In 1992 Joe's Wilderness Years began. His song writing continued though Road To Rock'n'Roll, penned for but turned down by Johnny Cash for his American Recordings and two songs for Brian Setzer's album Guitar Slinger. Several attempts to restart his career crashed. His collaboration with techno musician Richard Norris with the acid-punk band Machine (AKA Radar) and collaboration with Happy Mondays' Bez dubbed Strummerville didn't even take off. Some productions emerged however, a piece for the Jack Kerouak's tribute Kicks Joy Darkness. His short lived Electric Dog House, which also comprised Segss (The Ruts) and Rat Scabies (The Damned) contributed the title song for the human rights compilation Generations (1998). He also appeared on Emmaus Mouvement, a benefit CD for this French charity 50th anniversary. Joe spent most of the late 90's DJing in raves and festivals. The year 1995 also marked a new personal turn for Joe.
He married Lucinda Tait, after obtaining his divorce from Pamela Moolman, a South African woman he married 1975, in exchange for money and a British citizenship. His famous black Telecaster was the sole 'offspring' of that brief union. Joe, Lucinda and their stepdaughter now live in farmhouse in Somerset, where they moved in 1997. Continuing CBS/Sony contract embroidments seemed to have brought Joe's career to a permanent stop. After realizing he could not possibly come up with the £5 millions it would take to get him out of his contract, he went 'on strike', boring the company out. He got his way and the contract was terminated at least as a solo artist, which allowed him to scout for a new deal. Hellcat Records, a independent label based in California, run by Rancid's Tim Armstrong, a huge Clash fan, was first on Joe's list and the deal was struck.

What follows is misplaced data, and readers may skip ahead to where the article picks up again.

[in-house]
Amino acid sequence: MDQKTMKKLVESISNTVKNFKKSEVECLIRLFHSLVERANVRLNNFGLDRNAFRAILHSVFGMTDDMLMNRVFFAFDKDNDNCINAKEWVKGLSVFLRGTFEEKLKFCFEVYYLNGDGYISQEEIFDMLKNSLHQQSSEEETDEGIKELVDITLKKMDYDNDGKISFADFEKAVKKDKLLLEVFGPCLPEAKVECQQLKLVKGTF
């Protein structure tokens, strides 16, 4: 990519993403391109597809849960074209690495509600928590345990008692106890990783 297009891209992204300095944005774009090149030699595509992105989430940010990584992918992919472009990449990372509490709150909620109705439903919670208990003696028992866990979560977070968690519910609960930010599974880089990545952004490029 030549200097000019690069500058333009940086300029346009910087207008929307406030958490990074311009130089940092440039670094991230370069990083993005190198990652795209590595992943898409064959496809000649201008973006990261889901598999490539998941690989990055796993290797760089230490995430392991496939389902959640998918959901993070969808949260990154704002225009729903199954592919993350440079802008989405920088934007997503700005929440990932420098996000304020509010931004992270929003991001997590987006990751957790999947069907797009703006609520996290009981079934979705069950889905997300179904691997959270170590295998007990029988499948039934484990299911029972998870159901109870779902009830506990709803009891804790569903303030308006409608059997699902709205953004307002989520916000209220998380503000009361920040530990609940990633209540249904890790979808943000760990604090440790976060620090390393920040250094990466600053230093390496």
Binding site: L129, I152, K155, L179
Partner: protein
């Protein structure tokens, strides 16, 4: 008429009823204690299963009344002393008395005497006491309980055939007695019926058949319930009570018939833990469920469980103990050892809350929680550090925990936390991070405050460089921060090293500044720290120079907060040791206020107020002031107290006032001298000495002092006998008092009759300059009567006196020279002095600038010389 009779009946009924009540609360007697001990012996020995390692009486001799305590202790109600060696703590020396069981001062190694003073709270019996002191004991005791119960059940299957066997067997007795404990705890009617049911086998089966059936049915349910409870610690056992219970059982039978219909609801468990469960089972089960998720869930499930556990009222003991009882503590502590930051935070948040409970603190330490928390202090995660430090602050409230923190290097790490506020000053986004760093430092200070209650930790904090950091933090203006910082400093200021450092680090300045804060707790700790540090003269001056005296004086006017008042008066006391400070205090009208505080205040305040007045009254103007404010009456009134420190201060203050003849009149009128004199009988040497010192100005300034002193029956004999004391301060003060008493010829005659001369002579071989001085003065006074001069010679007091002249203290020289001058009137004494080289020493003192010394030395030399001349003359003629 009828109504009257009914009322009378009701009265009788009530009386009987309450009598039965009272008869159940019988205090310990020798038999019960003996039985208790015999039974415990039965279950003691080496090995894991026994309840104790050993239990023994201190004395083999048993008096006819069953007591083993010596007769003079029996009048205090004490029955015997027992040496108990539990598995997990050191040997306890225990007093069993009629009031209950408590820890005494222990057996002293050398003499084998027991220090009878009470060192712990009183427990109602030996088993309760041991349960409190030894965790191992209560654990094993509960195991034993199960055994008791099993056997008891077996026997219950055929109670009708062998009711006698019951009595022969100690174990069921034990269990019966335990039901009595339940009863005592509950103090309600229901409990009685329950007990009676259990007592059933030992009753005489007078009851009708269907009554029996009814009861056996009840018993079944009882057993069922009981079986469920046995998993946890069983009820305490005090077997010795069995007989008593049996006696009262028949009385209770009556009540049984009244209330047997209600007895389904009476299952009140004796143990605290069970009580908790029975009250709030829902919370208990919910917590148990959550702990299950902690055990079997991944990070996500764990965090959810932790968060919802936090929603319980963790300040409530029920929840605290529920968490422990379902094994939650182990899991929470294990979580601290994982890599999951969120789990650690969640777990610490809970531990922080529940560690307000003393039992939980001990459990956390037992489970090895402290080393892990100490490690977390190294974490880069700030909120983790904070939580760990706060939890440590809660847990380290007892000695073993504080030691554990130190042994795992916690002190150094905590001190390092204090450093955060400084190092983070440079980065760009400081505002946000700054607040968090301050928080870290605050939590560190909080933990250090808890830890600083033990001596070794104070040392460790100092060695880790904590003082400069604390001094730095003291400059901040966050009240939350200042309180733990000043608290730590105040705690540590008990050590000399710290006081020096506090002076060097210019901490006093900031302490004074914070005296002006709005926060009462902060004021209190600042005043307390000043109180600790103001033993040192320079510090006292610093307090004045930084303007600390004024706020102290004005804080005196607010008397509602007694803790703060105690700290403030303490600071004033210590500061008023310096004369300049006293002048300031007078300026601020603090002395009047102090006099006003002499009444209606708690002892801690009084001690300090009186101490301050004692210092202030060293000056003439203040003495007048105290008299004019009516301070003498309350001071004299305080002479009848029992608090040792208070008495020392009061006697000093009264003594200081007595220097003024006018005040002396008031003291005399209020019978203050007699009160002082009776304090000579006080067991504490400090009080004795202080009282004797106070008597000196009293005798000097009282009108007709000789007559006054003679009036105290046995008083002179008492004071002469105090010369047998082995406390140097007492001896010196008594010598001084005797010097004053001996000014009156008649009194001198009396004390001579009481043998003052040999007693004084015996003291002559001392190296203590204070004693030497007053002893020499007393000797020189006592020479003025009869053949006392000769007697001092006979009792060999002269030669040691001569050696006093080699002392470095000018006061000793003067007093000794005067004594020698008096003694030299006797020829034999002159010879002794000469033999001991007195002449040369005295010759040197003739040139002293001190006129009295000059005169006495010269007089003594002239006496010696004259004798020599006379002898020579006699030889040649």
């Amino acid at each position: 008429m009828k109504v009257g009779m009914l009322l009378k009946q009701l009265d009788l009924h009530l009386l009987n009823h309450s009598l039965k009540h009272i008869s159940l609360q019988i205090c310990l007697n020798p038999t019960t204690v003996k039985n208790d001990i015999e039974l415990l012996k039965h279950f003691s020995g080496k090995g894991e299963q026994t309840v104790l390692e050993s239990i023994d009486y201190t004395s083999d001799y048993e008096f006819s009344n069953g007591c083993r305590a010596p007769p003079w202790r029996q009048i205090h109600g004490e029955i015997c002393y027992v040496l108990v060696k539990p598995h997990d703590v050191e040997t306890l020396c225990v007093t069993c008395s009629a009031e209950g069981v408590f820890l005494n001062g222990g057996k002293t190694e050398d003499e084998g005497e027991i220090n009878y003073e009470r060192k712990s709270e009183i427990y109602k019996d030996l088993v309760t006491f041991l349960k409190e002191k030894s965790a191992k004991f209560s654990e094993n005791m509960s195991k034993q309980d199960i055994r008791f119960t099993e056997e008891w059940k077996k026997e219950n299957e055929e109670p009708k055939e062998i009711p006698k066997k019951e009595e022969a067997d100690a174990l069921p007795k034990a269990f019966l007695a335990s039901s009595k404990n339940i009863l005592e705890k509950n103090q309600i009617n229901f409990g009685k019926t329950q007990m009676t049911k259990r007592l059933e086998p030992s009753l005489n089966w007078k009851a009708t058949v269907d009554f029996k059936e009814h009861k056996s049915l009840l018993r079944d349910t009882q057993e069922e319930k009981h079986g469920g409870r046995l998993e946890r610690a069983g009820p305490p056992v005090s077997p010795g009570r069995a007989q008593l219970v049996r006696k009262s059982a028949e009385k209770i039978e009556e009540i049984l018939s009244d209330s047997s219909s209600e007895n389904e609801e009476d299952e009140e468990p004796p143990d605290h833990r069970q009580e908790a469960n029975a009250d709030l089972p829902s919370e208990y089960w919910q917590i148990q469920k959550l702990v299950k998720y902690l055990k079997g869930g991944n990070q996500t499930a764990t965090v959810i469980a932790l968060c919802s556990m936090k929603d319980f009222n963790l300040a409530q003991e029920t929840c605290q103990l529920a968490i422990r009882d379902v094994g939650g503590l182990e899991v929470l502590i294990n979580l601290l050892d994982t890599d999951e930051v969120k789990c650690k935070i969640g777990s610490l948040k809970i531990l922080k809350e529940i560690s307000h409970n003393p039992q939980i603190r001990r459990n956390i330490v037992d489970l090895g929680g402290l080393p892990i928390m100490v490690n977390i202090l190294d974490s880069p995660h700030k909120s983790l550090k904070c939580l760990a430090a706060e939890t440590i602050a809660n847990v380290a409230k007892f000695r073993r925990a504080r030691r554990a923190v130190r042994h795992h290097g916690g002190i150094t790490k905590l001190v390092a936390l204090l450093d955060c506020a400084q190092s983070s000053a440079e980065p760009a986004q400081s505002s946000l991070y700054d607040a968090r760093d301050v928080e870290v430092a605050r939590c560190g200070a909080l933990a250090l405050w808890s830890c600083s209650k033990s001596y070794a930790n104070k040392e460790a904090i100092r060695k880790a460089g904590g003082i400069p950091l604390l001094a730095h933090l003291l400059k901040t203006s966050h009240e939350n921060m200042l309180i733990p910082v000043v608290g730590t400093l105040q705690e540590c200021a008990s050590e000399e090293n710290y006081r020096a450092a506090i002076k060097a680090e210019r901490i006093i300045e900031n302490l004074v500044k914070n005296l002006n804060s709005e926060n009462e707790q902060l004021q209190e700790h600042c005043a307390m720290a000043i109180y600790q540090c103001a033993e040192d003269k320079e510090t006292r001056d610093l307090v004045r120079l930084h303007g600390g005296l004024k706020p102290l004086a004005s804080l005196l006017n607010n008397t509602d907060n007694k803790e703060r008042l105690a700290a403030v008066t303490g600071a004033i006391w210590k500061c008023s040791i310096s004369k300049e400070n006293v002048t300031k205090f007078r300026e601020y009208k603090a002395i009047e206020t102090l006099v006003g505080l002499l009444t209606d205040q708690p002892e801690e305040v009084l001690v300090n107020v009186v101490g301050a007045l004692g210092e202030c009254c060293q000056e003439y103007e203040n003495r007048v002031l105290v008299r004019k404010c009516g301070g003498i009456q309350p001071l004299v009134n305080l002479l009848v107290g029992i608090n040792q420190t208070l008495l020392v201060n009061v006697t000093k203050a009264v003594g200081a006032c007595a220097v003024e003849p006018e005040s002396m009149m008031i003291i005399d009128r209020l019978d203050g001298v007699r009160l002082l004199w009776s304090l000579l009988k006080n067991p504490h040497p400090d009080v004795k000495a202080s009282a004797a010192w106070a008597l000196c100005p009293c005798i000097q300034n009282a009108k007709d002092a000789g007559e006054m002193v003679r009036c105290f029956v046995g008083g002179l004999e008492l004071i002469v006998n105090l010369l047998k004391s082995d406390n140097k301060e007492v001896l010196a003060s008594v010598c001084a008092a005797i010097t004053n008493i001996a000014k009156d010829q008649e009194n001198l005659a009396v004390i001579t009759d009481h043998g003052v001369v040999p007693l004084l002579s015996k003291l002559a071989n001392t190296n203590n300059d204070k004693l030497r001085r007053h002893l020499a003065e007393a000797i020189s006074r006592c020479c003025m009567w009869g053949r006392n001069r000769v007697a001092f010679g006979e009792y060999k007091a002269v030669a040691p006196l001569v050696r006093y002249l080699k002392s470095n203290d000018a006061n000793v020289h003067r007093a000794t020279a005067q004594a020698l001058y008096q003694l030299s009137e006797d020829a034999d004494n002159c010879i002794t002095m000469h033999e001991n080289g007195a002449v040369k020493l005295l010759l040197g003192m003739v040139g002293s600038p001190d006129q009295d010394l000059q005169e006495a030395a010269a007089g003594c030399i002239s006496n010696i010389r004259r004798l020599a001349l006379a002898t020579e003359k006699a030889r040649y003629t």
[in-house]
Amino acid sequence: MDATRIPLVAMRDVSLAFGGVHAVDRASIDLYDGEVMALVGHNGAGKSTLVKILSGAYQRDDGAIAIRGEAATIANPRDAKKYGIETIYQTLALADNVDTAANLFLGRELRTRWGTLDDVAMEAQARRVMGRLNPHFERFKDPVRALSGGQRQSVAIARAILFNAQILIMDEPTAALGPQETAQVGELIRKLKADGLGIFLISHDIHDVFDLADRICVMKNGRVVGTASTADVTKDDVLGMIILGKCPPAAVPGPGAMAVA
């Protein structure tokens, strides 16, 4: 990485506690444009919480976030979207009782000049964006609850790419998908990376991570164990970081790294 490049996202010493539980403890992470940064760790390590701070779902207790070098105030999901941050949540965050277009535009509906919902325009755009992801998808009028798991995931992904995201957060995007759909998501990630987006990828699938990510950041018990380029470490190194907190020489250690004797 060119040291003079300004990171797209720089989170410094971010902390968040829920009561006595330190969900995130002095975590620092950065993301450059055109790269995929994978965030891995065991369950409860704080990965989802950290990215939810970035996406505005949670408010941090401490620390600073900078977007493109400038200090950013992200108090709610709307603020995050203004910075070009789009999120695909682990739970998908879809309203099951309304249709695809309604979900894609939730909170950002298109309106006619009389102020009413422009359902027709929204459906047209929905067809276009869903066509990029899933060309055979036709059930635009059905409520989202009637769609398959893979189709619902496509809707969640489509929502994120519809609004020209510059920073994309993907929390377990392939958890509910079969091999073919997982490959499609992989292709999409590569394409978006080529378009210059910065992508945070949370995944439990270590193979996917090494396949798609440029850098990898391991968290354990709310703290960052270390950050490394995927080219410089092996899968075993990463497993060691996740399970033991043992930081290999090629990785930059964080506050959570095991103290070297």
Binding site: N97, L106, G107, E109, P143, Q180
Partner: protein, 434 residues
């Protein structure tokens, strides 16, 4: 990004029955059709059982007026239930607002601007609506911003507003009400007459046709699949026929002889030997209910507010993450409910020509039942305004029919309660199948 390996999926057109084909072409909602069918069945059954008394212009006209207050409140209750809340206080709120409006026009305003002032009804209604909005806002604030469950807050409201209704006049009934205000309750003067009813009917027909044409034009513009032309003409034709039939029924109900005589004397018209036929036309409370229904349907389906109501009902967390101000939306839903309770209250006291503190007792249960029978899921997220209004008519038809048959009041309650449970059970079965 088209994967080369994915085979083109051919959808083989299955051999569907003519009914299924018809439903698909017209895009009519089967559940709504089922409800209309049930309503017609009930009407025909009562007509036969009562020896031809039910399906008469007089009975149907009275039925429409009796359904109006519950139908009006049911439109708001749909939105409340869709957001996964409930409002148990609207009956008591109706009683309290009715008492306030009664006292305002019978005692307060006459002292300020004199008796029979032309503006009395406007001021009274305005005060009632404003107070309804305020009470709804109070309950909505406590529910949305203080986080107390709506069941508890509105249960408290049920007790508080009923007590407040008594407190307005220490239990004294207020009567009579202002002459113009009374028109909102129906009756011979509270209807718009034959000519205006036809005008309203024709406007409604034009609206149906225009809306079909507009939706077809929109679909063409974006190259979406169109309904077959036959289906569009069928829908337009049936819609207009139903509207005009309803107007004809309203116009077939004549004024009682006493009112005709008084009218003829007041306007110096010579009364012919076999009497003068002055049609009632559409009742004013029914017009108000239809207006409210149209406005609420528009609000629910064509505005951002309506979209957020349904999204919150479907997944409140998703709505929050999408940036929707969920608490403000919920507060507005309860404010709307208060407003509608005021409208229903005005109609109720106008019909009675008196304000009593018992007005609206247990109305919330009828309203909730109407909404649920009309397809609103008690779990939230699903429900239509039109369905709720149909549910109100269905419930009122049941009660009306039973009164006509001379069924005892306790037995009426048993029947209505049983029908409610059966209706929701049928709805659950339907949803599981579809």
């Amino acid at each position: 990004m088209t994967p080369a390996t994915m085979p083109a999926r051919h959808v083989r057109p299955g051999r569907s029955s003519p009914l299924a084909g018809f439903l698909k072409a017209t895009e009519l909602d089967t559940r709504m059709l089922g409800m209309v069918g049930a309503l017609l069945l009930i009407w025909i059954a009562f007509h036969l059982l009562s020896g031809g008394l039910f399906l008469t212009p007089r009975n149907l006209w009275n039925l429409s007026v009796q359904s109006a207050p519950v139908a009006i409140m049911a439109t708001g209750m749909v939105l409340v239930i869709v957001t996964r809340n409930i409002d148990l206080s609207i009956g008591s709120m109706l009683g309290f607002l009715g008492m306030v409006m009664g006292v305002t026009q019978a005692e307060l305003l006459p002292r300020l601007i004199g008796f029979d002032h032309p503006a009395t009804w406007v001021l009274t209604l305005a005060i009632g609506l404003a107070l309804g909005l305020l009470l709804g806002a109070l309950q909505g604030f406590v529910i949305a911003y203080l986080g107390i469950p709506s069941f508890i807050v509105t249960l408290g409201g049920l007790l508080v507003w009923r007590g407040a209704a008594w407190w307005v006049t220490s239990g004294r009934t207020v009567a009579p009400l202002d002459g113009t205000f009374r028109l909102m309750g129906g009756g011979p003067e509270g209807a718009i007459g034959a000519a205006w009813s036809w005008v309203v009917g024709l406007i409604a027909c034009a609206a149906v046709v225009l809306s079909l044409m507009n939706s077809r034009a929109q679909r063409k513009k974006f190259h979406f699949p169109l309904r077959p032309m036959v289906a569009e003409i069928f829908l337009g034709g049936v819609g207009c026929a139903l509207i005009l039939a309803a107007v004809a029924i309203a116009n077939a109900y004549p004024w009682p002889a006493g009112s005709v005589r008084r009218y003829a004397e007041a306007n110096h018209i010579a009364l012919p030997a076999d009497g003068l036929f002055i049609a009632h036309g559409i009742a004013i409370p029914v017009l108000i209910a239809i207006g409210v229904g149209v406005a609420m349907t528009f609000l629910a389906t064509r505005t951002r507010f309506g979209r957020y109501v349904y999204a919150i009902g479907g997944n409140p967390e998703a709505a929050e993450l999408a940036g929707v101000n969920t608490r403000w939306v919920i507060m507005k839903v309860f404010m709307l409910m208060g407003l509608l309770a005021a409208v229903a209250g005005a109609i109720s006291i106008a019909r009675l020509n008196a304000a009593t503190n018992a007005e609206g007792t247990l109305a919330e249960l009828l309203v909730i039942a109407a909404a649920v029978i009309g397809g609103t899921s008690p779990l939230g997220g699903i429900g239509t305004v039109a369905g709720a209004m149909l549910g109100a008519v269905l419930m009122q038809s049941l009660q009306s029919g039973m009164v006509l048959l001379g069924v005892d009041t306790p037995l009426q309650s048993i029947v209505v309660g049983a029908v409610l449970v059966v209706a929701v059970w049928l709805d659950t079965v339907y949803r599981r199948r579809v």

Since 1998, Joe hosted several series on the BBC World Service including Joe Strummer's London Calling, where he displayed his wide and wild range of musical tastes from Dean Martin to Cumbia to Jimi Hendrix and Big Youth's reggae.
While playing in Fat Les, a loose conglomerate of artists, musicians and actors, centered around comedian and satirist Keith Allen, he meets guitarist Anthony Genn, formerly from the Brit-pop band Elastica. Joe had already spotted Anthony's stage presence in 1995 when the later danced naked at the Glastonbury Festival. At Genn's instigation, Joe's new band The Mescaleros takes form. From Black Grape came Martin Slattery (with whom Joe collaborated on Stupid Stupid Stupid in 1996) who brought Scott Shields with him. Joe's friend and percussionist Pablo Cook, and a member of Machine, completed the line up, as well as the drummer Steve 'Smiley' Barnard. On June 10th 1999, the band boarded a tour bus and hit the Road To Rock'n'Roll from Sheffiled to Amsterdam, from Paris to New York and everywhere in between.